Disasters have no limits
While laws can be made to regulate the conduct of human beings in war, the
same cannot be said for the natural phenomena that trigger many disasters.
Where, when and how they strike is dependent on many factors that are usually
outside immediate human control. The damage and suffering they cause are,
however, very much in our control.
In 1998 alone, natural disasters such as floods, hurricanes, drought,
earthquakes and landslides wrought havoc in 121 countries, left some 60,000 dead
and affected some 126 million people, not to mention the economic cost, which
ran into billions of dollars.* All the evidence suggests that these numbers will
rise inexorably, if action is not taken now to address some of the root causes
and to put in place local, national and international mechanisms to prevent
naturally occurring phenomena from reaching cataclysmic proportions.
Just waiting to happen
The rapid, uncontrolled growth of the world's major cities has put many more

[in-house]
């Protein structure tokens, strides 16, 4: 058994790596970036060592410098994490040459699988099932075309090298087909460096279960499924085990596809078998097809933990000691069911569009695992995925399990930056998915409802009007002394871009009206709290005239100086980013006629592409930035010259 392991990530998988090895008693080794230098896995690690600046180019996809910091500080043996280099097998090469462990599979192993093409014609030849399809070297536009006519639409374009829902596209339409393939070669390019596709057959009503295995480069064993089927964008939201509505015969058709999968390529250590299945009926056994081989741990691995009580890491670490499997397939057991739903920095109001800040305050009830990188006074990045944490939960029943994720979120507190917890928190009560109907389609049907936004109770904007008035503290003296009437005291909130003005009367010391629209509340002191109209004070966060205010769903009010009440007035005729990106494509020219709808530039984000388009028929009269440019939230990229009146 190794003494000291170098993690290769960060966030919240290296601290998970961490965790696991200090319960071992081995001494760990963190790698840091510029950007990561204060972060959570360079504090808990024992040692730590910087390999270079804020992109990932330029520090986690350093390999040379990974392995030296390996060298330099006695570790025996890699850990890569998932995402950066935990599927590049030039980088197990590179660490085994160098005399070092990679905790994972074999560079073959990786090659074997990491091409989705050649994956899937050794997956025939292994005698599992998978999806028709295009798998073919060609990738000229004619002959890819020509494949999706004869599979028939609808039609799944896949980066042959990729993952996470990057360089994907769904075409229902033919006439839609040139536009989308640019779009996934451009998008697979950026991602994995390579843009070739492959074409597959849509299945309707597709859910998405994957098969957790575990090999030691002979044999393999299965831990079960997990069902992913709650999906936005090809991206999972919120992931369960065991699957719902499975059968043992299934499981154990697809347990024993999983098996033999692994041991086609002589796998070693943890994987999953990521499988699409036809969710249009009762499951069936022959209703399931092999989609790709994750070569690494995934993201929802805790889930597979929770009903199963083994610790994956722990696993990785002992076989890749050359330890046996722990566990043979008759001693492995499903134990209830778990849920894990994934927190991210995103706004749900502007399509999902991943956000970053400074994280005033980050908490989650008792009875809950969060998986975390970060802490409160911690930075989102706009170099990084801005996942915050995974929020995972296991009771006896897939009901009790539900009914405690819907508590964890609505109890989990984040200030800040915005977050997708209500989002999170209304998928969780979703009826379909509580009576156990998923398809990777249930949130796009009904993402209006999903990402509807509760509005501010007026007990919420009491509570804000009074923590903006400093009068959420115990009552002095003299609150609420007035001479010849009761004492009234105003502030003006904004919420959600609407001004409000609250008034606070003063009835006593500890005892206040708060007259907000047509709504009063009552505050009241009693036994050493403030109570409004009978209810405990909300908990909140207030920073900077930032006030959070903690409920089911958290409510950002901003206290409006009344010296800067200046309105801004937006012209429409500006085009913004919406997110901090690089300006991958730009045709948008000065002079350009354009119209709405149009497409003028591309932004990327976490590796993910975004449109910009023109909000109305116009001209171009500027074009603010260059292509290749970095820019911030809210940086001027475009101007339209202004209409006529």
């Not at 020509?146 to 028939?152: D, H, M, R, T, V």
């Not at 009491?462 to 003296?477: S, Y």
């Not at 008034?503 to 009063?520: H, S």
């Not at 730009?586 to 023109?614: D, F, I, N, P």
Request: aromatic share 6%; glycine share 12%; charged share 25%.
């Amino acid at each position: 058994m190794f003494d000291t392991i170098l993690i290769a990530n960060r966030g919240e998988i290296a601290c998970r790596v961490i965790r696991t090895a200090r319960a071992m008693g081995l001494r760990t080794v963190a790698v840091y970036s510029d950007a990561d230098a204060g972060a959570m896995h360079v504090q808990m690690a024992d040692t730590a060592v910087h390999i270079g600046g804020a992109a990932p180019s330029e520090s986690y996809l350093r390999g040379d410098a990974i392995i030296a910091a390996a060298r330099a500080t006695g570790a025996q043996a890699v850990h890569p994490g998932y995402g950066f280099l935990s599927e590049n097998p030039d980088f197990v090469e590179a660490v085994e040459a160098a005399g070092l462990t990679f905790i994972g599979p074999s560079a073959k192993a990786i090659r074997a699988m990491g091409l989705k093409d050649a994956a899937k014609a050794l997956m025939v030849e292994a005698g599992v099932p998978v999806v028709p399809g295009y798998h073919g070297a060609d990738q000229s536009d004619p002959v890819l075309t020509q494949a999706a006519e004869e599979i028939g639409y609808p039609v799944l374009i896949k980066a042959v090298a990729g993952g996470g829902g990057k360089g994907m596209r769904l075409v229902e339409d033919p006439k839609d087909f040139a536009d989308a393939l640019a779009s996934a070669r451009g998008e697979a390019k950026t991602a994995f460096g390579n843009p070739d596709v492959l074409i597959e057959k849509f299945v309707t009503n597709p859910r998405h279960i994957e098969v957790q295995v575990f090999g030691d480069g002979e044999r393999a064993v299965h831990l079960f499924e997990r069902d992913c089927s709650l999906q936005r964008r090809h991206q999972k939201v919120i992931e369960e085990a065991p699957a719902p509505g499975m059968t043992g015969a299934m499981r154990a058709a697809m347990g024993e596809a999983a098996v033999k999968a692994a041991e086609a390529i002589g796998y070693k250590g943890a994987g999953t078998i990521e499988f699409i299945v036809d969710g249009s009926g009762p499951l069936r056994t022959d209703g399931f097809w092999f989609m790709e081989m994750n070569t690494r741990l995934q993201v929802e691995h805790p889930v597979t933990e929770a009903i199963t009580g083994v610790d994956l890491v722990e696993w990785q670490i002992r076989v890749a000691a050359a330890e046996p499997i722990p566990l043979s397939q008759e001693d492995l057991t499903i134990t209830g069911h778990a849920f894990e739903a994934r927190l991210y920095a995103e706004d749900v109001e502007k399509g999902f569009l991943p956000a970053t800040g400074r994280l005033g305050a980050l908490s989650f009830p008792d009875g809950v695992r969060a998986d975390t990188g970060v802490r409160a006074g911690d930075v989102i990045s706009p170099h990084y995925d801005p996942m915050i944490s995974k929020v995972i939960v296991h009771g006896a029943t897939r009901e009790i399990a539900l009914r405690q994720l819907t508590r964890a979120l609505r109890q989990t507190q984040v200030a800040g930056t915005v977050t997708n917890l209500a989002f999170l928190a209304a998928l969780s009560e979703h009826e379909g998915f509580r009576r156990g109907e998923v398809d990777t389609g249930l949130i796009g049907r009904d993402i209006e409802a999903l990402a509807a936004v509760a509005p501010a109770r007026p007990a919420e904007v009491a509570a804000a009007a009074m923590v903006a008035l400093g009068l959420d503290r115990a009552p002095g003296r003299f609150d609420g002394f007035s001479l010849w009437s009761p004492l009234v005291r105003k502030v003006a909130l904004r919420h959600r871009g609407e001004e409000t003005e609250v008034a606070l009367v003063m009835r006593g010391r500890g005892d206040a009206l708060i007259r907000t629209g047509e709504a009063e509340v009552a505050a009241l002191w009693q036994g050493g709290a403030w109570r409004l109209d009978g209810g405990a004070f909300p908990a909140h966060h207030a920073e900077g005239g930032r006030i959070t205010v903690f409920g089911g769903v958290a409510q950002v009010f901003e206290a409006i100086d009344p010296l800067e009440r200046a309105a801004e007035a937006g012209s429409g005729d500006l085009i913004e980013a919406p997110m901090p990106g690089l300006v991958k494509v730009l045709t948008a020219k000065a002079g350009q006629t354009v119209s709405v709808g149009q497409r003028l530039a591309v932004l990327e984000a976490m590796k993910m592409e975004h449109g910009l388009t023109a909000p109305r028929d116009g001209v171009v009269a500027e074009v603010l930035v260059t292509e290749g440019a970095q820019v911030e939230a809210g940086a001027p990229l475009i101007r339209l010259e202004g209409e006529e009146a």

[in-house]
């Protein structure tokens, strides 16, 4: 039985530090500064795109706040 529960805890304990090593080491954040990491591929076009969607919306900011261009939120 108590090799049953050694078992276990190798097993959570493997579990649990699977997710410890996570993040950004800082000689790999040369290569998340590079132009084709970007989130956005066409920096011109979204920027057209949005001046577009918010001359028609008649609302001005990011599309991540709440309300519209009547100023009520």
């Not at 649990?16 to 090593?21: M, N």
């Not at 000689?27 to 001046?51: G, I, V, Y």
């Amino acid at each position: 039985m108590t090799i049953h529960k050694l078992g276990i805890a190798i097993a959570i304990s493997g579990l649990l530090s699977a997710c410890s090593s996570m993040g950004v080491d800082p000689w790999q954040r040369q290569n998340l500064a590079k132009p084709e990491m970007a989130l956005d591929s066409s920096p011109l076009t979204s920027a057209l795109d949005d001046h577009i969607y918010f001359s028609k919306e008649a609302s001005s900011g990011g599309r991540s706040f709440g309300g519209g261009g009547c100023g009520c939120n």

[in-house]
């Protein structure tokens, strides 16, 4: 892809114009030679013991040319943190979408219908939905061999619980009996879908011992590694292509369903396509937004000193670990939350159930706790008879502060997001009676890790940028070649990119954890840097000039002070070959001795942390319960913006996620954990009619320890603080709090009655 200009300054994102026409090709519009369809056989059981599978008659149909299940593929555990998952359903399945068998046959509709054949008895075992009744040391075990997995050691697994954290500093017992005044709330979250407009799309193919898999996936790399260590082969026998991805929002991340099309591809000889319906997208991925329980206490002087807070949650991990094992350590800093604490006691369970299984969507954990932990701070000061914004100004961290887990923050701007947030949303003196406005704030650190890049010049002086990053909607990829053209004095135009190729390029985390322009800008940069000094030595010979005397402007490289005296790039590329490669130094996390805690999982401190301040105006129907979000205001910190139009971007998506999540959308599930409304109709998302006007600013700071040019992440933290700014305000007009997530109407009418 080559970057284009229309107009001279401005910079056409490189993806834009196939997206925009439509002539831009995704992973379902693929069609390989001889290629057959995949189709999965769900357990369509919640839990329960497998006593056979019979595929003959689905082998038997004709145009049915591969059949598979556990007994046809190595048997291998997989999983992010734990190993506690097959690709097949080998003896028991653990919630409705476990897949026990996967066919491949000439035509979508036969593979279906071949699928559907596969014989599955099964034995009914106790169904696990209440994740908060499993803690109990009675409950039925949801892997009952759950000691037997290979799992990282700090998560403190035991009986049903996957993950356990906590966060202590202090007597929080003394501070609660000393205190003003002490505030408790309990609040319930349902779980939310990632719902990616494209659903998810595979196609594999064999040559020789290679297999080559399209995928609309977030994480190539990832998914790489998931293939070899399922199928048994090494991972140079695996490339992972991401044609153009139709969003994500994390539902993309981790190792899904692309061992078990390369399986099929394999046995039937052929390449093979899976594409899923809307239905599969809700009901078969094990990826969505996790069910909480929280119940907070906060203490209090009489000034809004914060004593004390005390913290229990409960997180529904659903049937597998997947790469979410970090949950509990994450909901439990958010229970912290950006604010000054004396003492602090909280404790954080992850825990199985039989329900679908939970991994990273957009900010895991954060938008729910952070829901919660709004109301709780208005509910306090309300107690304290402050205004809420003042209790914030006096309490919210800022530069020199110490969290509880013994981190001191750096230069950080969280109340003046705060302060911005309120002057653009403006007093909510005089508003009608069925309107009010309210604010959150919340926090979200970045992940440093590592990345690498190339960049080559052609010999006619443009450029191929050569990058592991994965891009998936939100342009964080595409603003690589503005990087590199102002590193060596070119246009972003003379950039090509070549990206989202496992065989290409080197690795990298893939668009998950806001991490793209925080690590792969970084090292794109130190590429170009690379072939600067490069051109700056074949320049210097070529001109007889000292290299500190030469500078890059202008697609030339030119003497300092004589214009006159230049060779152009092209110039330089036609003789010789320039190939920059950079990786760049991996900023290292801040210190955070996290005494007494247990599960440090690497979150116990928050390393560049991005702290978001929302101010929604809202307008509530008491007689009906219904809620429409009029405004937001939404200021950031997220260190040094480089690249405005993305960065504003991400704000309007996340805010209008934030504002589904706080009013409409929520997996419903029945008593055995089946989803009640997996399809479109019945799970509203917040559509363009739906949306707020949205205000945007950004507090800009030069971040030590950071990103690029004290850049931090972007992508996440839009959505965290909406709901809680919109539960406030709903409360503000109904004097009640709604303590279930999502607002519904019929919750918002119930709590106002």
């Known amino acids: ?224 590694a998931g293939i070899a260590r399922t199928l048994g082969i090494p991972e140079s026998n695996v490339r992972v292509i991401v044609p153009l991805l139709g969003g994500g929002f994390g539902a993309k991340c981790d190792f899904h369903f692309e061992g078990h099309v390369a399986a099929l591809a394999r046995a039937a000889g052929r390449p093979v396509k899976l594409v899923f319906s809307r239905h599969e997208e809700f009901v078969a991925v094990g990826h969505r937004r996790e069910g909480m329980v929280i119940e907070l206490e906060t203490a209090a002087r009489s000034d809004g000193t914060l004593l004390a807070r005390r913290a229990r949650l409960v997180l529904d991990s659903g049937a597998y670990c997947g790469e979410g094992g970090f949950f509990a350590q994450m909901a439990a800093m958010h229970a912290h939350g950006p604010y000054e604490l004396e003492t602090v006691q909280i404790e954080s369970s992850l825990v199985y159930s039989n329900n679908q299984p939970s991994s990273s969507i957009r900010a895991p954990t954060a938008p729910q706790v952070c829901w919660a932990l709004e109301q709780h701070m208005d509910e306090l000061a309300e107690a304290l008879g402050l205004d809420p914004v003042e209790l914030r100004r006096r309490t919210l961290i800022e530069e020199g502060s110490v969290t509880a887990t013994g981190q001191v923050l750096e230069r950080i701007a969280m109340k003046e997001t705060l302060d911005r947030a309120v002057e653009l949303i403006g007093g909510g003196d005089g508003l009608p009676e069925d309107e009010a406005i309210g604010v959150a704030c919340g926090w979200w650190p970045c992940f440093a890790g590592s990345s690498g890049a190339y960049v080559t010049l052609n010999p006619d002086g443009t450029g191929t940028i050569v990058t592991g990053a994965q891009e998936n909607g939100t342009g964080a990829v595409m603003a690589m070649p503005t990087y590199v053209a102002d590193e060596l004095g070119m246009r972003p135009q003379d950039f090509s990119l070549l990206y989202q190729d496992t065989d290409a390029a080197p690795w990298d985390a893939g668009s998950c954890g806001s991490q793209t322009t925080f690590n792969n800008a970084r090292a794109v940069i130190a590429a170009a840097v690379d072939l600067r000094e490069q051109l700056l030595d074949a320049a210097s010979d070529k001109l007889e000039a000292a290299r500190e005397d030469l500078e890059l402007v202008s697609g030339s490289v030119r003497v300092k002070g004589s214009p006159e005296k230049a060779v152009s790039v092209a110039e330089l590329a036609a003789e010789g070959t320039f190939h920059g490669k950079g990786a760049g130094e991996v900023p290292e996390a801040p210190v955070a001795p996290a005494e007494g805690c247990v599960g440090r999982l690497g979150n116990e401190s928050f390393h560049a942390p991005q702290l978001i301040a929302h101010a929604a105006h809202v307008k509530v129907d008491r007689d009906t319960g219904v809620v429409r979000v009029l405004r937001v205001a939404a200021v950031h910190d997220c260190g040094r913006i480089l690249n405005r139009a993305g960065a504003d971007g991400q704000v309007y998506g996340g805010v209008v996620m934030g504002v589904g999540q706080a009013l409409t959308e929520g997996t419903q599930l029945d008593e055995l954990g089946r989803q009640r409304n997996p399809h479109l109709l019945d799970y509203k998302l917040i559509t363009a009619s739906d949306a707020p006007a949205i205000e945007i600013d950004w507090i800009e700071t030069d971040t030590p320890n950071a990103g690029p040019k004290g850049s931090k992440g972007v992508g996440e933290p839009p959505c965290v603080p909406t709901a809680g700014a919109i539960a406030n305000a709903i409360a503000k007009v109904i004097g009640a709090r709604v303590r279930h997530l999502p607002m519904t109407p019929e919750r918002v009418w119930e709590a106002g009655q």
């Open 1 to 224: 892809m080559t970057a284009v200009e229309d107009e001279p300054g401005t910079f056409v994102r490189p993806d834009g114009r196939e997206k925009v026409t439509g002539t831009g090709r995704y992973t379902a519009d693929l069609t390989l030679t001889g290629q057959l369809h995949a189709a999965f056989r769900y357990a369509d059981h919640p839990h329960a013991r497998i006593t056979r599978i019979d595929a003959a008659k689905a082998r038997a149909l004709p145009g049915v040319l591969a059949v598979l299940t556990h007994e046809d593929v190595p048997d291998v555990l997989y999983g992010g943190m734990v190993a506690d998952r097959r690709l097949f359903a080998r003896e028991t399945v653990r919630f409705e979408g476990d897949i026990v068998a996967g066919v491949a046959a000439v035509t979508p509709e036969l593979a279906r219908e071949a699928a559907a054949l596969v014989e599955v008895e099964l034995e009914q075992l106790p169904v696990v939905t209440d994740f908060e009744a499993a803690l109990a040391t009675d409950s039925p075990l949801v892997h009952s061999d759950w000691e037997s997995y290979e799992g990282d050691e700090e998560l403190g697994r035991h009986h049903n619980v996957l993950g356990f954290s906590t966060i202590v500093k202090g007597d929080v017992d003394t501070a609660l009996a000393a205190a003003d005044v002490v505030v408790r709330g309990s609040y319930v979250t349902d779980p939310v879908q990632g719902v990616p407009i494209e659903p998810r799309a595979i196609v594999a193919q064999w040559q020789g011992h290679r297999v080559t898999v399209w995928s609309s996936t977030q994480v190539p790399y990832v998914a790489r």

people at risk in the event of a disaster in an urban environment. People living
in high-rise concrete buildings are especially vulnerable, as was tragically
demonstrated by the Armenian earthquake in 1988 in which 100,000 died. Rich,
developed nations are not immune either: some 6,000 people died in the
earthquake that shook the Japanese city of Kobe in 1995.
The most serious crises occur, however, in the thousands of small cities and
shanty towns across the world. Although hurricanes are a frequent occurrence on
the southern and eastern coasts of the United States, they rarely claim many
lives. But when Hurricane Mitch battered Central America, Nicaragua and Honduras
had fewer resources to warn or protect or rescue their people. The toll of dead,
injured and homeless was correspondingly high. The devastation caused by the
central European floods in 1997 also shows how a weakened infrastructure in
countries in economic transition seriously undermines their ability to withstand
* source: World Disasters Report 1999, International
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